Another area where the Galaxy Note II excels is its stunning performance. The high-powered quad-core processor runs at 1.6GHz and is backed by a huge 2GB of RAM. This is twice as much RAM as the high-powered Samsung Galaxy S III, HTC One X and Apple iPhone 5. Benchmark tests revealed a level of power far ahead of these market-leading devices – the Galaxy Note II sped through everything we threw at it, making light work of multitasking and smoothly running HD video. This is simply the most powerful phone on offer.

And this power doesn’t come at the cost of battery life. Packing a huge 3,100mAh battery, we were able to watch movies for more than 10 hours before recharging. There is also plenty of storage – a choice of 16GB, 32GB and 64GB models are on offer and you can add as much as 64GB with a microSD card.

Average camera
Unfortunately, the eight-megapixel rear-facing camera lets things down slightly, delivering images that are firmly average. Its excellent array of settings and features compensates somewhat, however, helping raise the camera above its humdrum image quality and making it a decent tool for capturing photos and videos.

For starters you get the usual array of Android camera settings, letting you tweak exposure and resolution settings, white balance and more. Then you can also choose from a range of photo modes, such as Best Face, Low Light and Smile Shot, which make it easier to get optimum results in a range of situations.

The two features we liked most, however, were Panorama and Burst Mode. The former is becoming more common on high-end phones and lets you take wraparound panoramic images with one click. The latter rapidly captures multiple images when you hold the camera button.

To capture a panoramic photo, you just line up your first shot, tap the shutter button and then slowly move the camera left or right. The camera automatically captures all the required images as you pan and then stitches them together.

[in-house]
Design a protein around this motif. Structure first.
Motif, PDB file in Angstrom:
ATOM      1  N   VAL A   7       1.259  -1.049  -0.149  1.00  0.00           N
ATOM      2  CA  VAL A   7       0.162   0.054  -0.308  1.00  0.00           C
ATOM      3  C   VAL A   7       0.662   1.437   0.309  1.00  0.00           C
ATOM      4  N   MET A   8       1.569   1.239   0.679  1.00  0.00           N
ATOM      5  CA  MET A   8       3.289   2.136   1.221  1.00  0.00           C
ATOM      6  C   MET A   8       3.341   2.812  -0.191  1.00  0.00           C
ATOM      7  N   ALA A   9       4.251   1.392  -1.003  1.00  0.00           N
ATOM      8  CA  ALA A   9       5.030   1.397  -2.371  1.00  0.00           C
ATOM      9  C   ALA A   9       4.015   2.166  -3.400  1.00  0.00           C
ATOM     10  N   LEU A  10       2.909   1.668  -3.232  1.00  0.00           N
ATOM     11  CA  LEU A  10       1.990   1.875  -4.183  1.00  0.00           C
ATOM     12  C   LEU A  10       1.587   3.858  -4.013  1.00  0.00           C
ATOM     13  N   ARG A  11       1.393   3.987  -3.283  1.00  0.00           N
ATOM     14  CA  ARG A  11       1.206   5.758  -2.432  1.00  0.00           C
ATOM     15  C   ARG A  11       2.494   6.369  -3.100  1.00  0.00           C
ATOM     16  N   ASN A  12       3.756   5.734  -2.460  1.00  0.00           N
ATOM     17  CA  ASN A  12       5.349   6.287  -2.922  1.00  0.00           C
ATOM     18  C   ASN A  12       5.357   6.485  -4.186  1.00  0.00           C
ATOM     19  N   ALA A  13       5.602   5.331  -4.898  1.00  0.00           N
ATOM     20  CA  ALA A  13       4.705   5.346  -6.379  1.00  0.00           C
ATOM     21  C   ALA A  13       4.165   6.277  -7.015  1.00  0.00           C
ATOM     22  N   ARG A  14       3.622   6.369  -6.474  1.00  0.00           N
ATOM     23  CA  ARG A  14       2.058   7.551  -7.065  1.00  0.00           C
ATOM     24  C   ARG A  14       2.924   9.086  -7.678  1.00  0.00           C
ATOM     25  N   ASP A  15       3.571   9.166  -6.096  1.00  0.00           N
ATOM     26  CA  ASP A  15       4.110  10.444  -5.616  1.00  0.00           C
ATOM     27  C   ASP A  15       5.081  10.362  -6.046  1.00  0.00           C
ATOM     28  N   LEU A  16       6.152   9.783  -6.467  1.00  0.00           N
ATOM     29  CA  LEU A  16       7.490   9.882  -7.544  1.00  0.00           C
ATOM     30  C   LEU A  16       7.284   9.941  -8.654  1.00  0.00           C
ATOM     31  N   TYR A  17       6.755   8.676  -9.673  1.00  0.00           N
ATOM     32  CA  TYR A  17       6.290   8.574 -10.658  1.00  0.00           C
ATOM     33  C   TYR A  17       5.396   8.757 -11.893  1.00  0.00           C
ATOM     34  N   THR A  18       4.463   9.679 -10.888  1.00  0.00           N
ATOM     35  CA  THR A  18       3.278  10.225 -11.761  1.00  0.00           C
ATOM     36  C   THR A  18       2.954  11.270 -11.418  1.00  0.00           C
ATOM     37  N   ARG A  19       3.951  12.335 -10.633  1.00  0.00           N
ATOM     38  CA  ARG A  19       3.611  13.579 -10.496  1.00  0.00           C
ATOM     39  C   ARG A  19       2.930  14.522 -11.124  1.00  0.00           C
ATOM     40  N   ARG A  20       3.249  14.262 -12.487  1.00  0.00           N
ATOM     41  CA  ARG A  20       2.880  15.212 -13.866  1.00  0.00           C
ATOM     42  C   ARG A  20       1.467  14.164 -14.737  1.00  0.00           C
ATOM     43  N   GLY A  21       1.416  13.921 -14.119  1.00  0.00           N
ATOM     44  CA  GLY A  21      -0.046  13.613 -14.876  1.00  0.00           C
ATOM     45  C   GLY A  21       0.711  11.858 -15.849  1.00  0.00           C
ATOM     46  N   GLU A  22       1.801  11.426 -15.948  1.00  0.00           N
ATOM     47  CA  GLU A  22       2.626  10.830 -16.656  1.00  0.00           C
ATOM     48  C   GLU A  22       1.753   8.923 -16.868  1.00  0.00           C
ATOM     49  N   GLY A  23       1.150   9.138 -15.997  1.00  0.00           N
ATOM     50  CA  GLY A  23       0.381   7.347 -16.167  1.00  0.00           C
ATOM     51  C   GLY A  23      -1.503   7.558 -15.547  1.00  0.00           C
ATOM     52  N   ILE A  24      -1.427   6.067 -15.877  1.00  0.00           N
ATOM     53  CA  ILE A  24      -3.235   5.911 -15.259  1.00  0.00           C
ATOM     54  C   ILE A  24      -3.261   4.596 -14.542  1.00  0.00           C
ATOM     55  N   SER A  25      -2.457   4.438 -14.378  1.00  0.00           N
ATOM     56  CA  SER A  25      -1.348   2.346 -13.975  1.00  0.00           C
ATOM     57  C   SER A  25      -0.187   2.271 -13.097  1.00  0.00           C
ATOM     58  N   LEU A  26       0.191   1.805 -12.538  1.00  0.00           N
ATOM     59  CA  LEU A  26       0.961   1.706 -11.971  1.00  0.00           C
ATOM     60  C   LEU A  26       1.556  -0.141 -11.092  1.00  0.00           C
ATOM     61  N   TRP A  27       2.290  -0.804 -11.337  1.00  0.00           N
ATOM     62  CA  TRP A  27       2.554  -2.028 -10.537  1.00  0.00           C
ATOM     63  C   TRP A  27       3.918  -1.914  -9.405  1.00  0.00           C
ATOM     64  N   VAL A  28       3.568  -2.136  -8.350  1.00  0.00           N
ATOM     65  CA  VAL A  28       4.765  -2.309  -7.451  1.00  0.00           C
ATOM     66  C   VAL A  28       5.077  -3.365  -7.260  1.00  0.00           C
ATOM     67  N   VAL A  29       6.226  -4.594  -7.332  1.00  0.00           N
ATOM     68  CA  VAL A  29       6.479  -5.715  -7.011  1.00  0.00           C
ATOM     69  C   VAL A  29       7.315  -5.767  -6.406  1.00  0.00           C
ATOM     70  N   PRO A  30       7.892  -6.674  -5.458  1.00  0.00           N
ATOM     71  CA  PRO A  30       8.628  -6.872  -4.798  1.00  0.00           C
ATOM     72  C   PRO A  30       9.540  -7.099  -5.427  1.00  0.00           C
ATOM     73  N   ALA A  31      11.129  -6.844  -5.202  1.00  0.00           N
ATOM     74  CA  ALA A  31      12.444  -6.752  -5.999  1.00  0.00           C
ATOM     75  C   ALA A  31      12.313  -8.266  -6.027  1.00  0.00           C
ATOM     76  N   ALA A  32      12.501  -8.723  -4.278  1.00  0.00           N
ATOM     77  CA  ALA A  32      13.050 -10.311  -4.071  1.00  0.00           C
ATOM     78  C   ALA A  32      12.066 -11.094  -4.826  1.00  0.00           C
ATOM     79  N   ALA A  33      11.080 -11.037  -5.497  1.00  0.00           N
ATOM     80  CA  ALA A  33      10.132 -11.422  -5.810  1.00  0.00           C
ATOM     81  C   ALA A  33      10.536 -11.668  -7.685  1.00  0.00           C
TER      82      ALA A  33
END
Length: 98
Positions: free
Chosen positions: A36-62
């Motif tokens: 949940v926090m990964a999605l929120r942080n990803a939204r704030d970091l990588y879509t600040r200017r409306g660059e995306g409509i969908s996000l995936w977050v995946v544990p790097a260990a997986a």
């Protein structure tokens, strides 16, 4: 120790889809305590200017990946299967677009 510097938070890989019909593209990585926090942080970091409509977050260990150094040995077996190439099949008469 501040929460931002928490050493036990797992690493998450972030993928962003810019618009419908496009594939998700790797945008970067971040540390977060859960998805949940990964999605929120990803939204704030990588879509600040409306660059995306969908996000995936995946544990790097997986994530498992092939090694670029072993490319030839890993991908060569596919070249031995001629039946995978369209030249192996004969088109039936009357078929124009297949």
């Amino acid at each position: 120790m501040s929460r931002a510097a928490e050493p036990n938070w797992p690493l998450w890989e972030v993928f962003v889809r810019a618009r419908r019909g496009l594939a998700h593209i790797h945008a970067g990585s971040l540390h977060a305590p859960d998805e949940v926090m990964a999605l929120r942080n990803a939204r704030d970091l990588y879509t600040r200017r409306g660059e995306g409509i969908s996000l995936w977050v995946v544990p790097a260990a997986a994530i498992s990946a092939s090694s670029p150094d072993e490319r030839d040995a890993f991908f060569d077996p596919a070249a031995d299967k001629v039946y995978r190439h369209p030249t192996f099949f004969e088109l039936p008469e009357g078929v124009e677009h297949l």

Results aren’t quite as good as on the iPhone 5, which set a new benchmark for how easy and powerful a phone’s panorama mode can be, and it’s often clear where the images are stitched together.

Burst Mode is better still and captures up to 20 photos in quick succession when you hold the shutter button. It’s a feature we’d like to see provided on more phones, but you can fill your storage quickly with the volume of photos it captures.

Android Jelly Bean
We were pleased to see that Samsung has equipped the Galaxy Note II with the latest 4.1 Jelly Bean version of the Android operating system. While the OS was released in July, we’ve yet to see many smartphones launch

with this excellent software pre-installed.

Android 4.1 is by far the best version yet and provides fantastic usability for users of all levels of experience. While its easy interface can help newcomers feel at home right away, there are enough advanced features for experts to tweak and enjoy the full power of the phone’s OS.

It also packs handy proprietary Samsung tools, including the useful but flawed S Voice voice control app. Similar to Apple’s Siri on the iPhone, this recognises your voice and reacts to your commands.

NFC built in
Another feature we were pleased to see is the Galaxy Note II’s full NFC support. While NFC is still in its early stages, the ability to synchronise and share data with devices such as the Galaxy S III is a welcome one and adds to the excellent specification of this handset.

You also get full 4G LTE support – while 4G is still not widespread here in the UK, it’s great to see support here, as it future-proofs the device and will let you enjoy cutting-edge connectivity.

Although we were sure we would find the Galaxy Note II too large to be comfortably used as our main smartphone, its stunning performance, great specification and fantastic screen erased any doubts we had. And once we’d got used to carrying this bulky device, we really enjoyed our time using it.

While such a huge phone could easily be seen as a niche product, the success of the original Galaxy Note proved there is certainly a market for big-screened handsets. And by easily improving on its already excellent predecessor, the Galaxy Note II is the ultimate phone/tablet hybrid and a stunning mobile multimedia device.